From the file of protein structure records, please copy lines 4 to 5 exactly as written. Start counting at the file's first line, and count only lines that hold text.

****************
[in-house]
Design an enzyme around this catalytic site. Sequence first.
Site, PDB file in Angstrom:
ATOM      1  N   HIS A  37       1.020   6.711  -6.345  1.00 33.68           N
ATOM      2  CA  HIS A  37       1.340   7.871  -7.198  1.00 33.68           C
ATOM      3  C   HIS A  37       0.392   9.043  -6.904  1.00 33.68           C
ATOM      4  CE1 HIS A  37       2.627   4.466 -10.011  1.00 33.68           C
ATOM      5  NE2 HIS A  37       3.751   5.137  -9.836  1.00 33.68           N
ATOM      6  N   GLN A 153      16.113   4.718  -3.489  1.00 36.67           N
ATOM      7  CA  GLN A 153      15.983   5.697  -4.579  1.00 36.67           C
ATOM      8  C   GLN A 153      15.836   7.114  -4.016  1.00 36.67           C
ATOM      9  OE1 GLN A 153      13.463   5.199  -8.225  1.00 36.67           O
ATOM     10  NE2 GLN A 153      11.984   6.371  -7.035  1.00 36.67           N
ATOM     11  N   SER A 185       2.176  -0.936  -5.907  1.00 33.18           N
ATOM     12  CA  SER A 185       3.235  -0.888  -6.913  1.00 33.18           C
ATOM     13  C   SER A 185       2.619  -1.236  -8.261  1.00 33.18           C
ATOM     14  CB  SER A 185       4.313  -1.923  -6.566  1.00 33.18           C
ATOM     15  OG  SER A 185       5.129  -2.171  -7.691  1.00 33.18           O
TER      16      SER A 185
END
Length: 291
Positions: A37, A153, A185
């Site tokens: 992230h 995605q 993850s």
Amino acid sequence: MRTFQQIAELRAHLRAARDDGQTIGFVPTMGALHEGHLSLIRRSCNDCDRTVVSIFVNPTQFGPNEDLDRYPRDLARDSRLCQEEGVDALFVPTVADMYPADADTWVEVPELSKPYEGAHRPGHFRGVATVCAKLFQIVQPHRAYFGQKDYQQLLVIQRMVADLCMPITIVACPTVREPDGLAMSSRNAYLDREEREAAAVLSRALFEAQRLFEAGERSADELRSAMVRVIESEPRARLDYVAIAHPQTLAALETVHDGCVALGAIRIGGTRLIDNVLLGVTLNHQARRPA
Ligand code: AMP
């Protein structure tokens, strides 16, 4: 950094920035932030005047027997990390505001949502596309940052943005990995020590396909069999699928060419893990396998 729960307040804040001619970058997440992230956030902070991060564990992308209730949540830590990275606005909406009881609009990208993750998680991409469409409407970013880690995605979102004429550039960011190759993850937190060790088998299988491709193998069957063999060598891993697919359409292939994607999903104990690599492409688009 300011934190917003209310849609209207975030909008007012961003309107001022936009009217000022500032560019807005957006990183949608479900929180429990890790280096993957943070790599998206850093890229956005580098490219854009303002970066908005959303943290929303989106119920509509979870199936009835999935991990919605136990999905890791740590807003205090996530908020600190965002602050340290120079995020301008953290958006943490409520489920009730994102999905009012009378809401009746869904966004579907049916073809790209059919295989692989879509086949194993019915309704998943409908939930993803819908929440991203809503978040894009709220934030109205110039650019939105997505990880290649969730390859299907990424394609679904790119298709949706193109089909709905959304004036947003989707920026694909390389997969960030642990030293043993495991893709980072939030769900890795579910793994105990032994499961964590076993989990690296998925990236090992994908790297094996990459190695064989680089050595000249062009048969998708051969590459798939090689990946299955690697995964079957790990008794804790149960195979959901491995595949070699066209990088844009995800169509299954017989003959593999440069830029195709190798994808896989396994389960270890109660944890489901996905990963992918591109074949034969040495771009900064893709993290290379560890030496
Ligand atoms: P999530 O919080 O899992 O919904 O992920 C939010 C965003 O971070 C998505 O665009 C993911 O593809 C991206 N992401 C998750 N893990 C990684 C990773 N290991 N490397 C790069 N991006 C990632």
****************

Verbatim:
ATOM      1  N   HIS A  37       1.020   6.711  -6.345  1.00 33.68           N
ATOM      2  CA  HIS A  37       1.340   7.871  -7.198  1.00 33.68           C